Available on: Tri Angle re-issue; originally Lefse, 2010
How To Dress Well, aka Tom Krell, makes the aural equivalent of scratched negative prints – spectral and dreamy melodies submerged under blankets of fuzz. Sounds familiar, right? Post-Ariel Pink, there’s a ton of stuff out there that could fit that description. To be frank, I’m running out of new ways to talk about this stuff, but no matter – you know what I mean, and also whether you still have any time for it.
If you do have room for one more bit of hazy codeine-pop in your life, then Love Remains is a pretty stunning, indeed almost perfect, addition to the canon. On this re-recorded collection of previous EP releases, Krell sings r’n’b melodies in a high and haunting falsetto over crackling embers of g-funk synths and dubby clunks. The transmutation of ’90s and ’00s r’n’b influences into breathy, devotional torch songs is lovely, but – again – there’s a lot of it going on. In their different ways, the xx, James Blake, and Forest Swords are all in similar-ish territory. But perhaps that’s just because it’s such a great, fertile stock of pop-memories to work from, an explosion of hyperactive creativity that we’re only just now getting to grips with. Certainly, it sounds like Love Remains was made with an obsessive love for r’n’b. The melodies are so perfectly right, so instantly memorable, that it’s often hard to believe that these are original compositions, rather than covers of half-remembered chart hits.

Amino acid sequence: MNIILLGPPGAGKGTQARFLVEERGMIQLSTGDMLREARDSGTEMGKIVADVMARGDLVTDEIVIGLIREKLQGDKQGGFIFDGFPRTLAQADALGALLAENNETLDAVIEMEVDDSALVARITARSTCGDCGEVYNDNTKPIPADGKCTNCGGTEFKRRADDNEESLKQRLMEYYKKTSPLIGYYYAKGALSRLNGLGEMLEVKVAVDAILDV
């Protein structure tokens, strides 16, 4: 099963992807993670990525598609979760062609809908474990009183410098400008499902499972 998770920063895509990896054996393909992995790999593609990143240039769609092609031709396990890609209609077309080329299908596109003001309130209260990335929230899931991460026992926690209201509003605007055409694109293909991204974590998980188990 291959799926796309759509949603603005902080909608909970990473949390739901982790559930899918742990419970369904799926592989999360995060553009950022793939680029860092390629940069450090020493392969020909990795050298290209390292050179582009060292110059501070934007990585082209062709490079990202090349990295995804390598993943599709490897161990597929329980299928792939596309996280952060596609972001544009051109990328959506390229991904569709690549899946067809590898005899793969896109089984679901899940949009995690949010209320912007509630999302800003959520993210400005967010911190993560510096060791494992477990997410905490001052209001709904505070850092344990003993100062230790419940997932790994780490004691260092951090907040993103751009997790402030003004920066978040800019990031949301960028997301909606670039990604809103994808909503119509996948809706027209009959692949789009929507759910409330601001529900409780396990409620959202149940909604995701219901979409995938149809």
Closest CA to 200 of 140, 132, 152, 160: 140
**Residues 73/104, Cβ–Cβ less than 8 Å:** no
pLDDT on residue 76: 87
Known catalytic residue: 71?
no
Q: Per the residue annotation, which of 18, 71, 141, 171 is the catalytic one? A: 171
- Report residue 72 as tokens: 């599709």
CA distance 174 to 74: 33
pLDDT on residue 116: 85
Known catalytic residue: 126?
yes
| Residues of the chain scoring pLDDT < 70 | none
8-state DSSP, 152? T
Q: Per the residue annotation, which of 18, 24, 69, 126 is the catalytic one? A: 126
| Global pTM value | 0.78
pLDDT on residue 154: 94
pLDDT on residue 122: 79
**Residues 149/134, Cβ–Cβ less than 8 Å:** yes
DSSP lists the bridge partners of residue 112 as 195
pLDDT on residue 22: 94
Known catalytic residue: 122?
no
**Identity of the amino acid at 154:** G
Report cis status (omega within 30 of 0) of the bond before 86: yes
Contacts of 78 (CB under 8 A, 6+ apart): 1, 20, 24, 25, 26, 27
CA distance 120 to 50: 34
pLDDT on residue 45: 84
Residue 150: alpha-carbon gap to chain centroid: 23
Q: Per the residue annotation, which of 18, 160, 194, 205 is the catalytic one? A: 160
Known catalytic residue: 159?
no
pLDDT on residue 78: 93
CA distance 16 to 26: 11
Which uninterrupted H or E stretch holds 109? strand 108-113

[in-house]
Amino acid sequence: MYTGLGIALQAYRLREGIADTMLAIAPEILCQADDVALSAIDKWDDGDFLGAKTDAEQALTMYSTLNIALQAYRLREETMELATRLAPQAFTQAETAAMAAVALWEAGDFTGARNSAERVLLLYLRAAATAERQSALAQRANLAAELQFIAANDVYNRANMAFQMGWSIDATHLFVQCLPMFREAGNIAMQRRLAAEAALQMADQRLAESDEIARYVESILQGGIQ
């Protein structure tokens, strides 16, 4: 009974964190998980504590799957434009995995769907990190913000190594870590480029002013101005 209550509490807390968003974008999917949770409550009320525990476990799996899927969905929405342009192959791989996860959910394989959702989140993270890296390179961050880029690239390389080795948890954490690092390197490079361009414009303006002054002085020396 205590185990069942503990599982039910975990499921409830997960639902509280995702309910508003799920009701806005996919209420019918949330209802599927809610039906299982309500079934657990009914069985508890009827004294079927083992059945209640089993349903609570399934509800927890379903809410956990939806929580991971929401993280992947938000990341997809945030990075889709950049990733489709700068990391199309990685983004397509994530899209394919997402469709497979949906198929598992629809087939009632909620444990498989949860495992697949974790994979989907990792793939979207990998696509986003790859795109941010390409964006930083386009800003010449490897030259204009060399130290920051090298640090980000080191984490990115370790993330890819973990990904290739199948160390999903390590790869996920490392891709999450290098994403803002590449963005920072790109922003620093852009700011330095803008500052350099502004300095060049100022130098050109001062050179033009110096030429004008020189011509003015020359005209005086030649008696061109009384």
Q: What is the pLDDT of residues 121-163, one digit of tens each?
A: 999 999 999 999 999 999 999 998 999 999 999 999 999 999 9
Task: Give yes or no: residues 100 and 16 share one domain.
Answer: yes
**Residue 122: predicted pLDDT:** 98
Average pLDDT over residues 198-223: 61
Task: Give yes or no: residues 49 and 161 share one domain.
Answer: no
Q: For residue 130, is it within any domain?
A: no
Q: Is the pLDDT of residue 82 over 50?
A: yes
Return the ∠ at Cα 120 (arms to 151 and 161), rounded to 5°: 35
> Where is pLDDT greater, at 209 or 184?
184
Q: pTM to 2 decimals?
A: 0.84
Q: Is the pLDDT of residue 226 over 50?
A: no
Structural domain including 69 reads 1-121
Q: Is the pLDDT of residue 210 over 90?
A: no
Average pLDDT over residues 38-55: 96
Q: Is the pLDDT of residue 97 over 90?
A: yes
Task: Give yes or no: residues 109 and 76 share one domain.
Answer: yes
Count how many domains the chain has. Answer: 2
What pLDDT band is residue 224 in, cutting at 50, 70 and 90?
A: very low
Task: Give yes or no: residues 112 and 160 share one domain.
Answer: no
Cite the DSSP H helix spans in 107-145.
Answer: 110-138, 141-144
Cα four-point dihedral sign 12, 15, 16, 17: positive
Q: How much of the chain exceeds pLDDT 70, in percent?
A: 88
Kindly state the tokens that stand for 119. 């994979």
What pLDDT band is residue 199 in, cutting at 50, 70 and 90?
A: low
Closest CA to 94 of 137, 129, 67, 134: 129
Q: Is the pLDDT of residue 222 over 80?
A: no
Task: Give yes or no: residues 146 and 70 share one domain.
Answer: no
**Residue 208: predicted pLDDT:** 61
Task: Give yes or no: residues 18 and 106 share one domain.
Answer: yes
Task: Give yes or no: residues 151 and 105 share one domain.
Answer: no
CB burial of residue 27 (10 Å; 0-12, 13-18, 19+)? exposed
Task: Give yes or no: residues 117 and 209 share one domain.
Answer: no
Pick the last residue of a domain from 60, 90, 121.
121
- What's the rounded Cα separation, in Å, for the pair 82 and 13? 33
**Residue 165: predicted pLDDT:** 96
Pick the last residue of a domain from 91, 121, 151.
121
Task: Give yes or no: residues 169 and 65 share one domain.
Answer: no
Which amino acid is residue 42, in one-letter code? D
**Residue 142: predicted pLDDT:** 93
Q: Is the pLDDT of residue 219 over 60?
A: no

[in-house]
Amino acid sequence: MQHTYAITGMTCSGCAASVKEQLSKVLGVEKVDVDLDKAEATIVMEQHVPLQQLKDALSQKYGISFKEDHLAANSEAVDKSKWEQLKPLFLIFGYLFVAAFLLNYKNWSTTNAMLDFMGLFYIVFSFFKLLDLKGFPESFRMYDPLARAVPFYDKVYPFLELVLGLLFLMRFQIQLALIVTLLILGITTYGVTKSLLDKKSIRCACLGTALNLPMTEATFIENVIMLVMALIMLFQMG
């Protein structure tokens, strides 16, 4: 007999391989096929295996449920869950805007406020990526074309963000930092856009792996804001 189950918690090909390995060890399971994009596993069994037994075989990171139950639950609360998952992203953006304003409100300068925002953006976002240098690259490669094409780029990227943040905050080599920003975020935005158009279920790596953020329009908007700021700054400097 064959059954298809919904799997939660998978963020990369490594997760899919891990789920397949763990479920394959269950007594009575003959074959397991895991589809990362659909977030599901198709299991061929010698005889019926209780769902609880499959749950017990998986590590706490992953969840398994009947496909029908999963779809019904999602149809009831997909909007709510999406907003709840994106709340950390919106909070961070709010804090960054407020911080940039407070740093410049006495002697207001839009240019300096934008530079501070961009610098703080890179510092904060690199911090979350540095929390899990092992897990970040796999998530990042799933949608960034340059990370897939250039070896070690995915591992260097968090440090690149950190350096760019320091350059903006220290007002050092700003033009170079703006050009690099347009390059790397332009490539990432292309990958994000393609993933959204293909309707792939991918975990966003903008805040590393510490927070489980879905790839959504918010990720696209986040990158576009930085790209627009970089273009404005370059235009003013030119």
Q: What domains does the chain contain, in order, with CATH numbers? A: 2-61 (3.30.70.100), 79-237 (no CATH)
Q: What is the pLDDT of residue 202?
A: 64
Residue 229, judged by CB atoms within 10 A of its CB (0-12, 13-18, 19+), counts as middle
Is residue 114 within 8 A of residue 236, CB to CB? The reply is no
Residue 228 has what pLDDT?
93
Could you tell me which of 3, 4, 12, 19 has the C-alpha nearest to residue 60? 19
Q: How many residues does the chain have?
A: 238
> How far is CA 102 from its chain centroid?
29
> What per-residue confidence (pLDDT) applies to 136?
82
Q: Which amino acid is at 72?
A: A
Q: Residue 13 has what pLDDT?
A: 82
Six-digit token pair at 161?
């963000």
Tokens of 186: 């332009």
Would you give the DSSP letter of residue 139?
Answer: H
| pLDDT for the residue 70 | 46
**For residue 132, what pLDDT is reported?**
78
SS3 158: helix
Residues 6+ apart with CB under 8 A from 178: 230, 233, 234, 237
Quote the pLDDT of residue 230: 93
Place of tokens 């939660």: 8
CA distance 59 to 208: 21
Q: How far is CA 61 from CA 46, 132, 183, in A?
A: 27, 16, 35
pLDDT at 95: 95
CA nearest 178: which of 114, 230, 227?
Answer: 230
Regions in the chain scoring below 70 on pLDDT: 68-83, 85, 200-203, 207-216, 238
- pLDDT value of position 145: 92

However, Krell cuts his songs loose from any of the jittery rhythmic inventions of golden-age r’n’b, which were always at least half the story. This sets up an intriguing and powerful tension at the record’s heart. Tunes such as ‘Suicide Dream 2’ take over any room they’re played in, as the melodrama of the vocals is somehow only enhanced by the cobweb-fragility of instrumentation underneath. Krell’s complete conviction – you’re never left in any doubt that he really, really means it – gives the record its taut emotional pulse. Despite sounding so washed-out, Love Remains never drifts. Because, for all the cloudiness of the production, this record is above all about song-craft, and having the confidence to present monumental tunes almost unadorned. On ‘Ready For the World’ – which Lil B used as the backdrop to ‘Why They Wanna Kill Me’ – Krell lets his couple of melodies just revolve in space, returning to the same ideas over and over. It’s such a gracefully simple and beautiful technique.
For all the on-trend reference points, Love Remains most reminds me of cLOUDDEAD (remember them?). There’s the same weirdly addictive feeling of being in a limbo state somewhere between bliss and loss. cLOUDDEAD are horribly unfashionable nowadays of course, but you know what? They were fucking brilliant. Just like How to Dress Well.